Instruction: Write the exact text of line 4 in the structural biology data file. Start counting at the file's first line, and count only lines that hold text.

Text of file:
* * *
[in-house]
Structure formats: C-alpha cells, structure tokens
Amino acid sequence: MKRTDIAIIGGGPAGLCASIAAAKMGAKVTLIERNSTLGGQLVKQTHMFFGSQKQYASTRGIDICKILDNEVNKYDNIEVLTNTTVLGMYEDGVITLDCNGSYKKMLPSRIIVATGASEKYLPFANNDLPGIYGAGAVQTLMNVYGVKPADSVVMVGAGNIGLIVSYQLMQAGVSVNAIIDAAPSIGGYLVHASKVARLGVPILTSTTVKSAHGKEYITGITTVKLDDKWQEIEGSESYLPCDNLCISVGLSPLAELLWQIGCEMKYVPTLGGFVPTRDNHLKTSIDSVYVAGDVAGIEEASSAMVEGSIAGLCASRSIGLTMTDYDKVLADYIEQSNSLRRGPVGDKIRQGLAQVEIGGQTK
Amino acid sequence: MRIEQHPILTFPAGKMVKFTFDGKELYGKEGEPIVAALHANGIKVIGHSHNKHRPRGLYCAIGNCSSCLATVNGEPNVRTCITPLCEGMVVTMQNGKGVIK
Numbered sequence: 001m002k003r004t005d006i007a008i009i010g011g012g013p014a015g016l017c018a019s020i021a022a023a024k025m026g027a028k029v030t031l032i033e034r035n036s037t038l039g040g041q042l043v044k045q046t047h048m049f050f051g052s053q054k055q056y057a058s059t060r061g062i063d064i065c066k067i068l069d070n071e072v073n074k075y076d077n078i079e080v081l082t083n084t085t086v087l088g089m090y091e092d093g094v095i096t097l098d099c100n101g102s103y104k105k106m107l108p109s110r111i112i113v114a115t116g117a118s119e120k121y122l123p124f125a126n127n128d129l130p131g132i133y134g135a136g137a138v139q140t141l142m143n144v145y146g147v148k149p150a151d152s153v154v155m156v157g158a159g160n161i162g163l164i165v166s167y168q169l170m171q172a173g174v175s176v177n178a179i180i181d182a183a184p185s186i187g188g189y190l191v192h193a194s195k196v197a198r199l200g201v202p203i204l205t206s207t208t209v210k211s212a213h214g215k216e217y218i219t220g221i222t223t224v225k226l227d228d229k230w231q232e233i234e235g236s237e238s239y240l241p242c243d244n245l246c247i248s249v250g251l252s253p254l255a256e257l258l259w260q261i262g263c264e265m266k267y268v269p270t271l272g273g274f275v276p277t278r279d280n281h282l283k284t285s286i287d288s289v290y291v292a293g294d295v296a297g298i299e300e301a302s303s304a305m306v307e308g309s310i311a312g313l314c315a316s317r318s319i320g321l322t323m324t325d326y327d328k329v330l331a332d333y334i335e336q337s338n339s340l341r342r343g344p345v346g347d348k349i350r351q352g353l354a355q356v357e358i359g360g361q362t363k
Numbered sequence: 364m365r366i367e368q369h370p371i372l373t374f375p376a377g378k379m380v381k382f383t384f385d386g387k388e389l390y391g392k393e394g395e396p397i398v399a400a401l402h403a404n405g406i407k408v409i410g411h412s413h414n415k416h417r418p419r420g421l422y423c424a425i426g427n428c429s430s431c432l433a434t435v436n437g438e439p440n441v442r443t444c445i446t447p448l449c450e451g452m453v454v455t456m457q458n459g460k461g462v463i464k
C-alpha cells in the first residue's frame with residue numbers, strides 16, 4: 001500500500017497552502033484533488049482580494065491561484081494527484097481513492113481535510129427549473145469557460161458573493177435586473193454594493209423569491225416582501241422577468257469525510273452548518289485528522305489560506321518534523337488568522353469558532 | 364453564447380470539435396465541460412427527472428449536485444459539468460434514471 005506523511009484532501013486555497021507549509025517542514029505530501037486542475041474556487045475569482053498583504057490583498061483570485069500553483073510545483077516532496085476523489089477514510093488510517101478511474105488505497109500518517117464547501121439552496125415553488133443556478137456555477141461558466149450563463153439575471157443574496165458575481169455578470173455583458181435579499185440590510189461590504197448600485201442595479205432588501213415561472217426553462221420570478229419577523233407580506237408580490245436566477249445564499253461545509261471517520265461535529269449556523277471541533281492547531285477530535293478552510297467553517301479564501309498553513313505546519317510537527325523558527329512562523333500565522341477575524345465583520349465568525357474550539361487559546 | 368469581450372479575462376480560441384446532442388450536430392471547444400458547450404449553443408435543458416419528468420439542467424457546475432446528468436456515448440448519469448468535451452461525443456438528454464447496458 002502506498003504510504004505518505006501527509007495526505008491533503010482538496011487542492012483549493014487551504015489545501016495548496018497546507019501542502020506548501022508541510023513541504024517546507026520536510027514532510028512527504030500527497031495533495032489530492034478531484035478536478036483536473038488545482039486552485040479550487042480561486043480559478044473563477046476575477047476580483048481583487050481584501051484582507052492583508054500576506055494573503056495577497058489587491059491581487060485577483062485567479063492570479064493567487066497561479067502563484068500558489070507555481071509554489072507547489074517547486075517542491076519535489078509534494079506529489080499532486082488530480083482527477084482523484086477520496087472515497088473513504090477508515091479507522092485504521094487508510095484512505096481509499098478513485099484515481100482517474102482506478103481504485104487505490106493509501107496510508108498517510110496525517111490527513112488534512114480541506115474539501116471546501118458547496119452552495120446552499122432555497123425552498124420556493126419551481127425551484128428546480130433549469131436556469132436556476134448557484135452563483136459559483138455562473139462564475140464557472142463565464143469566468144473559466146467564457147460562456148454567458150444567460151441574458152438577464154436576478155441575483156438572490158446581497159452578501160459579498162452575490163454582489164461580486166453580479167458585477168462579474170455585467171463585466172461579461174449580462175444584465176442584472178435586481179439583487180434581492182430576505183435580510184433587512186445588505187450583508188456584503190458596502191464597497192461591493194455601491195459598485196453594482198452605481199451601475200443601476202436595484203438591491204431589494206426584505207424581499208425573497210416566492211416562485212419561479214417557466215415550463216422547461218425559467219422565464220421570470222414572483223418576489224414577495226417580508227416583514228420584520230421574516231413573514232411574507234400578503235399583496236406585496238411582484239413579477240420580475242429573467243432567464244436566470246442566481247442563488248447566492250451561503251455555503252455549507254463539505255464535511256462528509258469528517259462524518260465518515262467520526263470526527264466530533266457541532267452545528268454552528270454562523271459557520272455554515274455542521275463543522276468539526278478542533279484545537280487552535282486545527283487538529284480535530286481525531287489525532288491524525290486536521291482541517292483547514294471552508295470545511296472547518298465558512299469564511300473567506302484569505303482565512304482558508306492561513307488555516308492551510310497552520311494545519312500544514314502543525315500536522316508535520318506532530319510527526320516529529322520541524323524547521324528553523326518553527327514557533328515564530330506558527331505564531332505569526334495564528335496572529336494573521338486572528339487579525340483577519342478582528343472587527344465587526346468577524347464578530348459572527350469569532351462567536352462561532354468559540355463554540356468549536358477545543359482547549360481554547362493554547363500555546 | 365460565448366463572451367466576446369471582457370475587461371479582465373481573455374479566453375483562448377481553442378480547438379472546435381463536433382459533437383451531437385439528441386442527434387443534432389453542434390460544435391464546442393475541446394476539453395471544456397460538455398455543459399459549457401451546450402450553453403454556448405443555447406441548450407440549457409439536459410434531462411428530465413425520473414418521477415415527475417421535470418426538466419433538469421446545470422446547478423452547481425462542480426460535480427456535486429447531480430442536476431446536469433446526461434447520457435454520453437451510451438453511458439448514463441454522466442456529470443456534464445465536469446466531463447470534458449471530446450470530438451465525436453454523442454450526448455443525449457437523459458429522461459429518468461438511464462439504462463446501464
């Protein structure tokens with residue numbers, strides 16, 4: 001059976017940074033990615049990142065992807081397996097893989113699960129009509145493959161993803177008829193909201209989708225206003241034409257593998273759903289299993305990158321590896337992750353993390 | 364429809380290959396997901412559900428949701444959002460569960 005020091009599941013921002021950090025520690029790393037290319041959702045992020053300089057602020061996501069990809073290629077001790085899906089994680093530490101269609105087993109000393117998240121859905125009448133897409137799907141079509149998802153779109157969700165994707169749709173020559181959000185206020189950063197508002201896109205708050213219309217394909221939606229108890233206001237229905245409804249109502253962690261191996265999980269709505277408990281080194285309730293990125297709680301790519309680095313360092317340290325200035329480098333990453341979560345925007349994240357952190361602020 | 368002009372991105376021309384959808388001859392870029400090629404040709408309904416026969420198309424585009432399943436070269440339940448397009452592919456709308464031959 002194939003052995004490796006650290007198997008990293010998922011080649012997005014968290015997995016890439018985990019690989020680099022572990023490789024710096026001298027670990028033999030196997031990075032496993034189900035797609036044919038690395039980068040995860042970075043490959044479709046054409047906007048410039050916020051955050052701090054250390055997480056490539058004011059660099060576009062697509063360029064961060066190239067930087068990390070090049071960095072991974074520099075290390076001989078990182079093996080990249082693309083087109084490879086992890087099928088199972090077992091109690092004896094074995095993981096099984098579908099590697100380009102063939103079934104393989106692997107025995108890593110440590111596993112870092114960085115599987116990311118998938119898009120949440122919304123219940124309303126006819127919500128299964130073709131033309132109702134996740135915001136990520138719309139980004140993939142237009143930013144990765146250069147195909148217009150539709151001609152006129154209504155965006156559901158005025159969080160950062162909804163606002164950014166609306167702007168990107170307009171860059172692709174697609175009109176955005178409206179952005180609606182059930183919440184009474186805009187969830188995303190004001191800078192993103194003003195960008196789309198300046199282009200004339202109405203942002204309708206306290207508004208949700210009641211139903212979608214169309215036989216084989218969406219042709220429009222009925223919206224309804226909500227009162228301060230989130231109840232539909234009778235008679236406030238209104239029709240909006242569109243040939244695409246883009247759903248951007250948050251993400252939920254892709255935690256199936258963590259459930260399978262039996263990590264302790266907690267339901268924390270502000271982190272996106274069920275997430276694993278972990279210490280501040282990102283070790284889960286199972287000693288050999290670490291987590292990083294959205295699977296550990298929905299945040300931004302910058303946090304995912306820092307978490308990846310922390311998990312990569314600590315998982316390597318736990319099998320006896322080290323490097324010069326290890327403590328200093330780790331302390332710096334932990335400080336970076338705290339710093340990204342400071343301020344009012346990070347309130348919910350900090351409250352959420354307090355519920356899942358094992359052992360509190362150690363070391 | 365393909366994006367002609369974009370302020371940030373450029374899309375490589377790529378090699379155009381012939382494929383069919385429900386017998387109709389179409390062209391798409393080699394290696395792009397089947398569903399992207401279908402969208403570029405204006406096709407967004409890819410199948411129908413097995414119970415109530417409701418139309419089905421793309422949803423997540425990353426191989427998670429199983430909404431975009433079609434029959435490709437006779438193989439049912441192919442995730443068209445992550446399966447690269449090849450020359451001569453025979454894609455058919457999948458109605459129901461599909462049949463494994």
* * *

Amino acid sequence: MRIEQHPILTFPAGKMVKFTFDGKELYGKEGEPIVAALHANGIKVIGHSHNKHRPRGLYCAIGNCSSCLATVNGEPNVRTCITPLCEGMVVTMQNGKGVIK